Dog Ear
Bootstrapping (DOG EAR) PDF Print E-mail
Written by Administrator   
Thursday, 26 October 2017 00:00

ow that I’ve given up jogging and I’m doing quick lunch-time rush-writing (an hour each time, typing with one hand, holding my sandwich with the other) I’ve begun to notice a thing I do that I’ve only just identified. In fact, when I wrote Indigo years back during lunches, I’d do the same thing.

So, what I’m doing is something I’ll call “bootstrapping”.

Works like this. When I settle into writing, my mind enters a streaming state where part of it is imagining the moment of the scene. It pictures the characters, their actions and reactions, the pace of the story, even the surroundings and weather.

Another part of my brain is working over this imagery, breaking down the 3D scene into a 1D stream of text. It’s one thing to imagine the moon speared by cool mountain pines, it’s another thing to process it into text data (like I did using the word “speared”, which positions the trees and moon and mood all in a single word).

And yet a third part of my brain is handling logistics and inventory control. How much description have I done in this chapter? Where are we at in this chapter? Should I be scene-setting now (you scene set usually at the beginning of chapter, rather than waste it at the end (where the reader might well walk away at that point, forgetting moon and pines and spears when he returns)).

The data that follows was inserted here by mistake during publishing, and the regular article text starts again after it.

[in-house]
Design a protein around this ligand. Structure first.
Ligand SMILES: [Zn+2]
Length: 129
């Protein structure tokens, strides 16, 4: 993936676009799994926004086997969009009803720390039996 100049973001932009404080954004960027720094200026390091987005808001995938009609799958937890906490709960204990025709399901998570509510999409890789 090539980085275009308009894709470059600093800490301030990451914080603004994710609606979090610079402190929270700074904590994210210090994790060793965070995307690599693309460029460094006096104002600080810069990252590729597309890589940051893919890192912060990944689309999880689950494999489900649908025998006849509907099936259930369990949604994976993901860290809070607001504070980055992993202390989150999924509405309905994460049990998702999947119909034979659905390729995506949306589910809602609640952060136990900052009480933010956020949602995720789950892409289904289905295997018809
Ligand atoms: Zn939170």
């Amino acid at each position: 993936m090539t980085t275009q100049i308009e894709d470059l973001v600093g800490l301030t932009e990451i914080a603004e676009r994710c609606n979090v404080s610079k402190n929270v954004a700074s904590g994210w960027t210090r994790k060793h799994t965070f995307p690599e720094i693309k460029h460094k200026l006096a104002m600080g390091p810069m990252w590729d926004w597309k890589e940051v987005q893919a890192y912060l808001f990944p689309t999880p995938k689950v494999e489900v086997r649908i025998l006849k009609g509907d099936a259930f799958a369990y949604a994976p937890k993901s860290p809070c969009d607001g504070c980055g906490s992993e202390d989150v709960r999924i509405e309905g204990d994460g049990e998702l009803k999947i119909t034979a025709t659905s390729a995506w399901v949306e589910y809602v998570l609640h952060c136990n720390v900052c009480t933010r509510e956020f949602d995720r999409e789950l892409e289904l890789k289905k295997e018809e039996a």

And that’s why I love writing. My brain is suddenly lighting up across all lobes, converting my dreams into a written work. It’s very busy and brisk and leaves me with a sloppy smile when it’s time to return to the real world.

Ah, but bootstrapping.

So my brain is racing along, running several different levels of functions as I write. And suddenly it’s time to stop, to close the laptop, to return to my desk. But things don’t occur that quickly. Like a tractor trailer on an icy road (with a background of pines and speared moon), it takes me a while to stop. Even as I walk to the elevators, watch the indicator, get inside and mutter “howwazlunch?” to the returning drones, I’m still thinking of plot path and word use and phrase construction. I’ll even find myself jotting ideas down as I settle at the desk, keeping  the ideas I had after the laptop was put away. My mind stills but it remembers that skidding slowdown, those postit notes, the scene I’d just imagined. It stays through my commuting and clubs and meals and minutia. It’s there, waiting.

So a day or so later, when lunch falls and I can do back to the far corner of the break room and write, there is that moment where I ponder Now what the hell was I working on? How do I write? Look at all that empty screen. And this is when I bootstrap. This is when I remember those pines, that moon. And there is that postit note, the one with spear written on it. What was left over from last time kindles what is needed for a startup now. Sometimes I’ll drop back a paragraph or two, reading quickly forward, fingers poised. And when I hit that final stop, the keys begin to clatter and I’m off again, writing at full steam.

The human brain is amazing. So versatile. So creative.